Crisis Management – Moscow
January is not my favorite time to visit Moscow, but our team in Russia has been busy helping a direct to consumer company in the nutritional supplements segment restructure their operations after finding themselves with nonperforming General Director. Although the employee had been with the company for many years, when the ownership of the company changed hands, he was not able to get along with the new headquarters team. With sales and profits under serious pressure from the significant ruble softening and Western sanctions imposed on Russia after its invasion of Crimea, the local management team is having a hard time cooperating with new global treasury and transparency rules implemented by new owners who were a publicly traded holding company. The Russian operating company is an international subsidiary of a Utah based company owned by a publicly traded holding company with global headquarters in Dallas, TX. Complicated enough for you? That’s what the Russians thought too.
Manufacturing is located in Utah and Dallas with additional operational supply chain support coming from a large warehousing and shipping complex located in Ohio. Relations have been further exacerbated by sometimes conflicting directions coming from company headquarters in Utah and a new modern matrix management structure imposed by the global holding company, a structure unfamiliar to the local general director. While he had properly given notice and intended an orderly exit from the company, time, distance, language and cultural issues had caused confusion and delays within the new operating company and holding company structure.
By the time we were called in, the company was in free fall with no one in charge in the local market. Global management were unfamiliar with the legal obligations and the special legal responsibilities of the position of General Director in Russia. The local director understandably refused to resign without knowing who would take over his legal obligations. If they were not properly transferred, he would remain liable and subject to fines and imprisonment if the company administration was not properly carried out.
As emails were going unanswered, our team immediately established phone contact with the outgoing director, who had already signed a new employment contract with a new company and stopped coming to the office. I spoke to him myself in Russian and assured him that we would properly transfer all legal obligations to a new General Director, an experienced local manager with whom we could personally vouch for as we had worked with him for over twenty years in the position of General Director of one of our related companies. We arranged with the outgoing General Director to meet with our new manager and attorneys to hand over all bank accounts, computer codes, company stamps and all other critical legal documents so that the company could continue to operate. Due to the former General Director being largely absent and taking another job without resigning his duties at the subsidiary company, many critical operational tasks such as VAT and mandatory tax filings were not carried out. Drawing upon Dagmar’s deep bench of talent, our team was able to bring in a new General Director, an Interim CFO, and an Interim Finance Director within days of winning the assignment. We immediately began saving the parent company tens of thousands of dollars a month in fees that were being paid to an outside legal firm to administer the company until a new General Director could be found.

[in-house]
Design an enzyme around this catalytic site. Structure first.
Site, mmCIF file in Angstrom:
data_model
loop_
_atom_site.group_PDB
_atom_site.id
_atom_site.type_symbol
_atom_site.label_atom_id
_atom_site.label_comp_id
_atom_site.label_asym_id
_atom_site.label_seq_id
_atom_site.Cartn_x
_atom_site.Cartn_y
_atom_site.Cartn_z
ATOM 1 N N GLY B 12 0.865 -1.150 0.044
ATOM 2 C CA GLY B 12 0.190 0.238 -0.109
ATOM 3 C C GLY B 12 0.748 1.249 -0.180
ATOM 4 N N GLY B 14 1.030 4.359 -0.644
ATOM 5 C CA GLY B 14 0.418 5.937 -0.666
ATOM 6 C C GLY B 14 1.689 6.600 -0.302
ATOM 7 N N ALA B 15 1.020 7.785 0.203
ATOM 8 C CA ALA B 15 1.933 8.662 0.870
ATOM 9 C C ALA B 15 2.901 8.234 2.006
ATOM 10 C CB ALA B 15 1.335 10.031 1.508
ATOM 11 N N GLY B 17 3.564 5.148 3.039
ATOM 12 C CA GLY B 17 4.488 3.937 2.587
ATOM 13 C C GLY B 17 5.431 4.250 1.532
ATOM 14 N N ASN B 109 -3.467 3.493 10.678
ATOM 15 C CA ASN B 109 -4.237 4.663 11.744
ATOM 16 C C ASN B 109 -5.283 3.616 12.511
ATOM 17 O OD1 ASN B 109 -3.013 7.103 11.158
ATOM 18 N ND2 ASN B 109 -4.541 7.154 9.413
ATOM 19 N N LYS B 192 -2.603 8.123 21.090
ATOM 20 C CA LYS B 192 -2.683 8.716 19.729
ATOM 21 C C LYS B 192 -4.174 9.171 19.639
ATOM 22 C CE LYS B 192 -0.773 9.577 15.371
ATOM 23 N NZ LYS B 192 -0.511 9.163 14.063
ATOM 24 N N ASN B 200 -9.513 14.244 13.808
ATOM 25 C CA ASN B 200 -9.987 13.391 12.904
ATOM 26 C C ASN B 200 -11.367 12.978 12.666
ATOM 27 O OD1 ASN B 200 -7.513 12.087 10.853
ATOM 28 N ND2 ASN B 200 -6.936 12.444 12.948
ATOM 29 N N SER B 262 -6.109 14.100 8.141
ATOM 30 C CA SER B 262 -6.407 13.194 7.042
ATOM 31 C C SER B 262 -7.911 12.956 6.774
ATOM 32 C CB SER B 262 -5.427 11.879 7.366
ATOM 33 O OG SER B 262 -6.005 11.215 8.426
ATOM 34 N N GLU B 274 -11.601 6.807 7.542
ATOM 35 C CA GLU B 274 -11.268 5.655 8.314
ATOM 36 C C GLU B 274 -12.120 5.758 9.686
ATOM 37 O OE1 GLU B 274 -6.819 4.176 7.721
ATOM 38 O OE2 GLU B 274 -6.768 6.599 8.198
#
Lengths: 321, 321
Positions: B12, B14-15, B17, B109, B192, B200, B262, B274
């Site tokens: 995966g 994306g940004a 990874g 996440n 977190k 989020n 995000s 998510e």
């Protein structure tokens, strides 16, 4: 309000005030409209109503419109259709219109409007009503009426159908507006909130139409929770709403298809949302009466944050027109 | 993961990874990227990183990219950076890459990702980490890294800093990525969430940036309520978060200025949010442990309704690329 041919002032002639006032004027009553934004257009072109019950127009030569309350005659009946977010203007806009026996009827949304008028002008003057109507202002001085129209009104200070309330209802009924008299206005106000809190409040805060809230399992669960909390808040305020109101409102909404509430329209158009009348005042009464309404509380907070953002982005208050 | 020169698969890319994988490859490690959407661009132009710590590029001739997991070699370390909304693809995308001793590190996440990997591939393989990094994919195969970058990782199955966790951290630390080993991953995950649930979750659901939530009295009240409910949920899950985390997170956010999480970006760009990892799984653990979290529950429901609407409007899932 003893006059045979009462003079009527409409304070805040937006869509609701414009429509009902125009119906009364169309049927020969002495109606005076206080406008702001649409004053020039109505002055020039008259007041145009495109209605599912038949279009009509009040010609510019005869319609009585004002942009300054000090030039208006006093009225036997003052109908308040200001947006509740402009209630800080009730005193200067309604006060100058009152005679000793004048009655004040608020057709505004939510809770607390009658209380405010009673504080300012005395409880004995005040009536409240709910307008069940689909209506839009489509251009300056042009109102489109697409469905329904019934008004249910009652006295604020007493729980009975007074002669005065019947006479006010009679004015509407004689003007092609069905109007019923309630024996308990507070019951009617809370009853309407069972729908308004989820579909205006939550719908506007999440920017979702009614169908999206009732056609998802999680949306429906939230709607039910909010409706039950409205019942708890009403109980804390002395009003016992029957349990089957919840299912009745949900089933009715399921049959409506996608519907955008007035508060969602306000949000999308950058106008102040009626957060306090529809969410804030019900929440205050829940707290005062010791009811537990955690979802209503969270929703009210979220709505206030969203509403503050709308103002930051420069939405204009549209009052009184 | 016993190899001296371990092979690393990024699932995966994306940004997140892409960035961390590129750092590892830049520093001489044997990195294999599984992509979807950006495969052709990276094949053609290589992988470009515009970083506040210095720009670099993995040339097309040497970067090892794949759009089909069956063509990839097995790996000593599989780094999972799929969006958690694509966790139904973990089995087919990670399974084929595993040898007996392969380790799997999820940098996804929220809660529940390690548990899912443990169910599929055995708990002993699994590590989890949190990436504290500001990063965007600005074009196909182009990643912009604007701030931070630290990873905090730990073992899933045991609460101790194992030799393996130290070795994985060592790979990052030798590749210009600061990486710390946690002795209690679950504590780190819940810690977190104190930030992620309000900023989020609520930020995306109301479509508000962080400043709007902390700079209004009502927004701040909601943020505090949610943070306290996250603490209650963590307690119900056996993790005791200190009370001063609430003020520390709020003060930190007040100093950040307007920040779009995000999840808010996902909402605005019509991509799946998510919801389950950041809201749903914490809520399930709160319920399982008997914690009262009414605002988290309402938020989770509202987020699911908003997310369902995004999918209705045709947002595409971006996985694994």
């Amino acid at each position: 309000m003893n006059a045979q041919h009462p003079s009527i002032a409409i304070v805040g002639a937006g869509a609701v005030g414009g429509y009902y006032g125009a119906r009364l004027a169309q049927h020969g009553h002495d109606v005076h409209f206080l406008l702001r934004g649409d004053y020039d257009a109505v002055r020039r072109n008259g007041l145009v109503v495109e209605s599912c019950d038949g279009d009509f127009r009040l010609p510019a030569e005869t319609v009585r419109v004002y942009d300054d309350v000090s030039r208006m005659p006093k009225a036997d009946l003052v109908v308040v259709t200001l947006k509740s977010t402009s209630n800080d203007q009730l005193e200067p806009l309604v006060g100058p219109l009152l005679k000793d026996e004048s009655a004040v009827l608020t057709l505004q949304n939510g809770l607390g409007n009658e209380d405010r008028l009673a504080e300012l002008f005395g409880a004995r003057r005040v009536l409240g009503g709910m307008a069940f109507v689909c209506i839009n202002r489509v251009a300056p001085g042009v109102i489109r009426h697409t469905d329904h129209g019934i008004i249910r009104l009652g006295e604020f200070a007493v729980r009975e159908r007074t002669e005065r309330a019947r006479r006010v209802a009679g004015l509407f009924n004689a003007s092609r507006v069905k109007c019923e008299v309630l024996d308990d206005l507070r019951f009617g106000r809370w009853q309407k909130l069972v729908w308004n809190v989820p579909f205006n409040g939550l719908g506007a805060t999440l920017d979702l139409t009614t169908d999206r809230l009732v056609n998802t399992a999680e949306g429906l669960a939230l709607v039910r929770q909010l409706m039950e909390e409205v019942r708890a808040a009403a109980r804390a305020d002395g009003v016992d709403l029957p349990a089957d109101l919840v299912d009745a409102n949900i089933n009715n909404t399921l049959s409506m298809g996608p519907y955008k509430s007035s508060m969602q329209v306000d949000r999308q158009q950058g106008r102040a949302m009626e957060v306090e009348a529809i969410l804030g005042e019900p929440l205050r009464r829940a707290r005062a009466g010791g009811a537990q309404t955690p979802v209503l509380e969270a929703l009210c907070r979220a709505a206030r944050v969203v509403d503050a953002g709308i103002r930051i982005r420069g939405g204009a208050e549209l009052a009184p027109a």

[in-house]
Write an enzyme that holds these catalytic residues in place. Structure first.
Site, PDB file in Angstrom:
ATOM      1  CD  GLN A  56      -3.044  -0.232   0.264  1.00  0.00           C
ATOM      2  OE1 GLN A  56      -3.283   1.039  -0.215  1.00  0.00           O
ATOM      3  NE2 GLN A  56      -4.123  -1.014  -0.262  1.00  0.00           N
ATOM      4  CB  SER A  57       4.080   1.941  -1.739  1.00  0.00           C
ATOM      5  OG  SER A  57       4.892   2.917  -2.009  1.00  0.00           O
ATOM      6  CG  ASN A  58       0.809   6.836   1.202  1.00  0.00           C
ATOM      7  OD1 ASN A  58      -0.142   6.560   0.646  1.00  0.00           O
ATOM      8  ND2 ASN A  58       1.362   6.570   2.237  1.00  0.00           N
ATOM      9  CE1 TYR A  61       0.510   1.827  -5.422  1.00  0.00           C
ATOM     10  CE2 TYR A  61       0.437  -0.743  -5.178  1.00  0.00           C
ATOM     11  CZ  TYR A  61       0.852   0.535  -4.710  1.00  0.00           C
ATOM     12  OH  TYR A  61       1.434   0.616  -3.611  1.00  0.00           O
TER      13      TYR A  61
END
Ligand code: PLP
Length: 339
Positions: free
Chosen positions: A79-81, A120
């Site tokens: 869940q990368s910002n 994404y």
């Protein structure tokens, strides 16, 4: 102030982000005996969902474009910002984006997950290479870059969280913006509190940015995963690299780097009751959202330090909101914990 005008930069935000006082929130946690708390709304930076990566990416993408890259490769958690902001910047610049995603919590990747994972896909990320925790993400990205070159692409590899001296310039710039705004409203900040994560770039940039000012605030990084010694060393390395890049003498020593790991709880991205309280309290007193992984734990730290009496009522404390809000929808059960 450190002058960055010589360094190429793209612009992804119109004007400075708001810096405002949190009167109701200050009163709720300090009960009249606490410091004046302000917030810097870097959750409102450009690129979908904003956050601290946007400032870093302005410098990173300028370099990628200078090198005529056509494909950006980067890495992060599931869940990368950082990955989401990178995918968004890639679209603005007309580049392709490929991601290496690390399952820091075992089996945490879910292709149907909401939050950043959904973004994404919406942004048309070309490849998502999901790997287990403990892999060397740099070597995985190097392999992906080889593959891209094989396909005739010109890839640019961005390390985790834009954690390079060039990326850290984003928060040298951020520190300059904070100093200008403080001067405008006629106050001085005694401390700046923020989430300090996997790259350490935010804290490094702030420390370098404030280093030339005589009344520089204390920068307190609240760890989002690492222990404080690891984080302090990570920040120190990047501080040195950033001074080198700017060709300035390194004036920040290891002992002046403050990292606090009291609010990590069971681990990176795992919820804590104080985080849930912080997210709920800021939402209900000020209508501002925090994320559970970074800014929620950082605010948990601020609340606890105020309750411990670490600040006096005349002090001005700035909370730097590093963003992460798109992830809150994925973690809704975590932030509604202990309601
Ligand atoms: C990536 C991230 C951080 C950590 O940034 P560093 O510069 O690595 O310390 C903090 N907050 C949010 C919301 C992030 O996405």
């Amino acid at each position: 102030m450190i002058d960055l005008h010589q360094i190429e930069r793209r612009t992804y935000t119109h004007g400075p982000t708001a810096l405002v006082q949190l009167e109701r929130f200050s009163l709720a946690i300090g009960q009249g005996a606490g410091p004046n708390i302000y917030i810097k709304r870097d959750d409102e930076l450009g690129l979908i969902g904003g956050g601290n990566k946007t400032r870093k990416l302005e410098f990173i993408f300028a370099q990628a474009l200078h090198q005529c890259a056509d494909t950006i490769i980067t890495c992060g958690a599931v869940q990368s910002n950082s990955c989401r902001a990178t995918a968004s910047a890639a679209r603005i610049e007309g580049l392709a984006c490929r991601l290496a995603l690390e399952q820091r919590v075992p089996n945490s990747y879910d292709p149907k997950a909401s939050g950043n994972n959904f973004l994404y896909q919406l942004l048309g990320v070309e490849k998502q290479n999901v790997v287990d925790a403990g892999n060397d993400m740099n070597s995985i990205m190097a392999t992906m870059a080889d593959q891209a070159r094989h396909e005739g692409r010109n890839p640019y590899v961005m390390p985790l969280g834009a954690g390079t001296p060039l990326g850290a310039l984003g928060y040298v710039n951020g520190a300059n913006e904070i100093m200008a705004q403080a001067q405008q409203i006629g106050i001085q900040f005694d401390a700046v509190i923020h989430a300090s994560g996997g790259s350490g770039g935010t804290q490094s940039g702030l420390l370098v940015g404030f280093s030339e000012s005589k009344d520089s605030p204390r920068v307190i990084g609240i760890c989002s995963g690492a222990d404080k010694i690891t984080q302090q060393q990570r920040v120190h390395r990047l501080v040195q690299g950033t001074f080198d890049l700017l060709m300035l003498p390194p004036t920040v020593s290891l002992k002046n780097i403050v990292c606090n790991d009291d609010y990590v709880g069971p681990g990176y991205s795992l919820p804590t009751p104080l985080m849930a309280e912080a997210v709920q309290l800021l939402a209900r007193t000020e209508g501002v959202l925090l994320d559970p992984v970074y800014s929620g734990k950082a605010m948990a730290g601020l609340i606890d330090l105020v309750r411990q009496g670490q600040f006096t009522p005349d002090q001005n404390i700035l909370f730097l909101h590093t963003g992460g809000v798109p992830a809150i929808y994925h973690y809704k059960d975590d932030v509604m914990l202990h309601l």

Our team hired a new Russian Chief Accountant and began producing US GAAP standard monthly financial reports from the Russian monthly financial reports which were done in locally required Russian Accounting Principles (RAP). We instituted Daily Sales and Activity Reports, comprehensive weekly inventory reports that gave insight along the whole supply chain from outstanding purchase orders to inventory in transit and in customs and began a gross margin analysis as well as a ruble pricing and price history survey to understand how the company had managed its margins since the ruble began to devalue in 2014.
We continued to meet one on one with customers and to plan profitable promotions and selected price changes to improve margin where possible. We also hired in and established a new customer service operation and began addressing customer complaints and resolving them in a systematic way. It took several months of intensive work, but soon the company was stabilized and operating smoothly again.